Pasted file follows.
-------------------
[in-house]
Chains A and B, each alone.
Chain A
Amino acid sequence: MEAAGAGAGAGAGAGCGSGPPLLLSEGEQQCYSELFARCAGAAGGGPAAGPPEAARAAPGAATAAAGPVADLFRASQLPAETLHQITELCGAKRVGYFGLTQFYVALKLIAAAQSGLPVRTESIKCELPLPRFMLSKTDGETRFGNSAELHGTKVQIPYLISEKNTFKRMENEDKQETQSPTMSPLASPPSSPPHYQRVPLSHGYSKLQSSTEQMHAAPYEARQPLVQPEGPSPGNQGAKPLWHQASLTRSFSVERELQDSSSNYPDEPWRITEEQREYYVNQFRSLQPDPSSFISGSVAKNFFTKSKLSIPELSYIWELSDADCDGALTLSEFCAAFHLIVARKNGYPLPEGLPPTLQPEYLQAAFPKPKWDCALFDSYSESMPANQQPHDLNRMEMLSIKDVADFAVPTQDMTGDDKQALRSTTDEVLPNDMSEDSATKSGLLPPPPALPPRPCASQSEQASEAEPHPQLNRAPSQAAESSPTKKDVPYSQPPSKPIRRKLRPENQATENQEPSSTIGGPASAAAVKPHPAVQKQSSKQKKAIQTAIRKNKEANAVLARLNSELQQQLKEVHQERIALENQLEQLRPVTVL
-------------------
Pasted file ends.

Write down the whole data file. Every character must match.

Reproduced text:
[in-house]
Chains A and B, each alone.
Chain A
Amino acid sequence: MEAAGAGAGAGAGAGCGSGPPLLLSEGEQQCYSELFARCAGAAGGGPAAGPPEAARAAPGAATAAAGPVADLFRASQLPAETLHQITELCGAKRVGYFGLTQFYVALKLIAAAQSGLPVRTESIKCELPLPRFMLSKTDGETRFGNSAELHGTKVQIPYLISEKNTFKRMENEDKQETQSPTMSPLASPPSSPPHYQRVPLSHGYSKLQSSTEQMHAAPYEARQPLVQPEGPSPGNQGAKPLWHQASLTRSFSVERELQDSSSNYPDEPWRITEEQREYYVNQFRSLQPDPSSFISGSVAKNFFTKSKLSIPELSYIWELSDADCDGALTLSEFCAAFHLIVARKNGYPLPEGLPPTLQPEYLQAAFPKPKWDCALFDSYSESMPANQQPHDLNRMEMLSIKDVADFAVPTQDMTGDDKQALRSTTDEVLPNDMSEDSATKSGLLPPPPALPPRPCASQSEQASEAEPHPQLNRAPSQAAESSPTKKDVPYSQPPSKPIRRKLRPENQATENQEPSSTIGGPASAAAVKPHPAVQKQSSKQKKAIQTAIRKNKEANAVLARLNSELQQQLKEVHQERIALENQLEQLRPVTVL